As a matter of self-preservation I think drlogik has the analysis right. Good to reflect on possible complacency rather than just thinking "dumb driver" and riding on...
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Old 09-28-16, 07:23 AM
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As far as it goes, I apologize to anyone I have pissed off here ... only because that was not my intention.

I am a person of strong opinion and I am not shy about stating what I think. I am no stranger to controversy, but I don't particularly enjoy it as a rule.

I am glad that in both incidents mentioned here no one got hit.

I am not sure a front flasher would have mattered in this case ... but not sure it would not have.

For me the scary feeling is one which seemed to be a factor in both incidents: when you are traveling so fast that you can barely swerve safely but then cannot brake hard or you can brake hard but then cannot change direction much. Once a rider is committed ... and then sees that a motor vehicle has chosen an intersecting course ... it's not a happy feeling.

Very glad that all the collisions in both situations happened here, on the internet, and not on the road.

I also want to echo wphamilton: (again based on personal experience) it is easy to say "Always ride defensively," but as I said, we all make choices every time a car gets close ... I know I have not always chosen safety, and I have not always chosen wisely ....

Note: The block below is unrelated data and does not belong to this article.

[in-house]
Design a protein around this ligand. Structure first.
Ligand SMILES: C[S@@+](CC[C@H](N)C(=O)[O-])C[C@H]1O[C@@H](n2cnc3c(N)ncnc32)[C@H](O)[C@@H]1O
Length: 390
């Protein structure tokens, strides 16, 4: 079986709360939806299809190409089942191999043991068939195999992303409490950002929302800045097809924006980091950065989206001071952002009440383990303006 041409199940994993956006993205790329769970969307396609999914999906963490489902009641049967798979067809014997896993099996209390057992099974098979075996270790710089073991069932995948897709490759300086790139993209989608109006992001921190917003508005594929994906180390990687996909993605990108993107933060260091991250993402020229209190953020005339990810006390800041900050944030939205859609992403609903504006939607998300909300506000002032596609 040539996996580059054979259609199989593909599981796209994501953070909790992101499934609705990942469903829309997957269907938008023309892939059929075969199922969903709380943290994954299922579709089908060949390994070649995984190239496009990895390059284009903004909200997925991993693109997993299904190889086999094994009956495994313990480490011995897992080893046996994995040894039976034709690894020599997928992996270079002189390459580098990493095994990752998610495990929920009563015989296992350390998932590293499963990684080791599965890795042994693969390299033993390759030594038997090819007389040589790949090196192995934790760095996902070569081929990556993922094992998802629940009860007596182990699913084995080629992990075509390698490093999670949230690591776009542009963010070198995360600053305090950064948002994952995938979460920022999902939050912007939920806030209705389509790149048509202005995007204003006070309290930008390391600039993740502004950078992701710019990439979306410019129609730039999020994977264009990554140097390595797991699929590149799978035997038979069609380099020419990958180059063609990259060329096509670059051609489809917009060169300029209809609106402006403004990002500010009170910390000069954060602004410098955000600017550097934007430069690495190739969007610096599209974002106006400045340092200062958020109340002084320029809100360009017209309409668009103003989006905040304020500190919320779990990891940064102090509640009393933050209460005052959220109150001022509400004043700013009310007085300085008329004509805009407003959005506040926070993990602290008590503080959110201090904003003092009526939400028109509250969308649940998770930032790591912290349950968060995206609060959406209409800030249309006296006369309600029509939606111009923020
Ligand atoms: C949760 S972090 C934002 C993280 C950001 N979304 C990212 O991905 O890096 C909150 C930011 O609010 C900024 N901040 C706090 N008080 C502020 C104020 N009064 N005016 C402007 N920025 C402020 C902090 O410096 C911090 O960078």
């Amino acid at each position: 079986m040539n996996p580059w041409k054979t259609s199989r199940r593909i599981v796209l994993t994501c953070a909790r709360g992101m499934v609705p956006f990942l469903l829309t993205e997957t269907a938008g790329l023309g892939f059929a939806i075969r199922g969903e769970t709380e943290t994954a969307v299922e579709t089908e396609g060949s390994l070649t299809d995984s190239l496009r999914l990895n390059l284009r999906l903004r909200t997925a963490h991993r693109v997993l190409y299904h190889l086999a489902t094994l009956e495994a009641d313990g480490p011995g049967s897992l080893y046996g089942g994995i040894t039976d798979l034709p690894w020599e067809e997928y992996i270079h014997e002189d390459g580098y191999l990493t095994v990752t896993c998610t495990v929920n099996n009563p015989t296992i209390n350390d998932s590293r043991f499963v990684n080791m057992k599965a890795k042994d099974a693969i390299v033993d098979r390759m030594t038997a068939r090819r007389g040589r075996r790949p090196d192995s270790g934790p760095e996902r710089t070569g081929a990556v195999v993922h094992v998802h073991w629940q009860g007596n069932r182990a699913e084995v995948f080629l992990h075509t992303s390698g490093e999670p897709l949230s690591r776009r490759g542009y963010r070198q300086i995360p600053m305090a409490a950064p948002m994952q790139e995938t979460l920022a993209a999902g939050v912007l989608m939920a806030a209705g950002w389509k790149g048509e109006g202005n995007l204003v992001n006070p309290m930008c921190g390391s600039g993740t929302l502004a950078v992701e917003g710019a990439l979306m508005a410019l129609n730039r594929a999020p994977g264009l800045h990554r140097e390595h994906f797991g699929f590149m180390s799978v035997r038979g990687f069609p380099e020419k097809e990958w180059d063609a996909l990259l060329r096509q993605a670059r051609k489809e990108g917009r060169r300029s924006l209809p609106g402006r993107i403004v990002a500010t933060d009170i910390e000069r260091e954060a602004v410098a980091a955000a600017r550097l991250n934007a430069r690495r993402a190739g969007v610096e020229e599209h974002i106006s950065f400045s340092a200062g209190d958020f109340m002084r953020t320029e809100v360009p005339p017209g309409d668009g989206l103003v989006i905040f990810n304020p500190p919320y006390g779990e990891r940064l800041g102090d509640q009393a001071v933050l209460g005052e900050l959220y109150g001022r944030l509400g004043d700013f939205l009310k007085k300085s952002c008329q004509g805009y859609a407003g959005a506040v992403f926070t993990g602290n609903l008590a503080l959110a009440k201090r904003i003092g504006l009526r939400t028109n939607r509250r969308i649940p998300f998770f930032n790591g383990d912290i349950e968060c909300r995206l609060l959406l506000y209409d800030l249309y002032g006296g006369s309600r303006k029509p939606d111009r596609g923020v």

Same can be said about my posting.
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Old 09-28-16, 07:29 AM
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Maelochs,

Thank you. Good points. Matter closed. No hard feelings.
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Old 09-28-16, 08:47 AM
  #19  
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Originally Posted by Hypno Toad View Post
I had a strobing Planet Bike front light, it's daylight, and this driver still gave me a major brake test. I was doing nearly 30 mph.... my rear tire was lifting off - if this person had continued their path, I would have hit them:
Was a left turn even legal there?
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Old 09-28-16, 09:00 AM
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Originally Posted by jefnvk View Post
Was a left turn even legal there?
Yes, the driver was turning into a gas station driveway. There is a marked left turn lane for the driver; however, they started their turn super early - I expect they were trying to beat me. Serious pucker-up moment.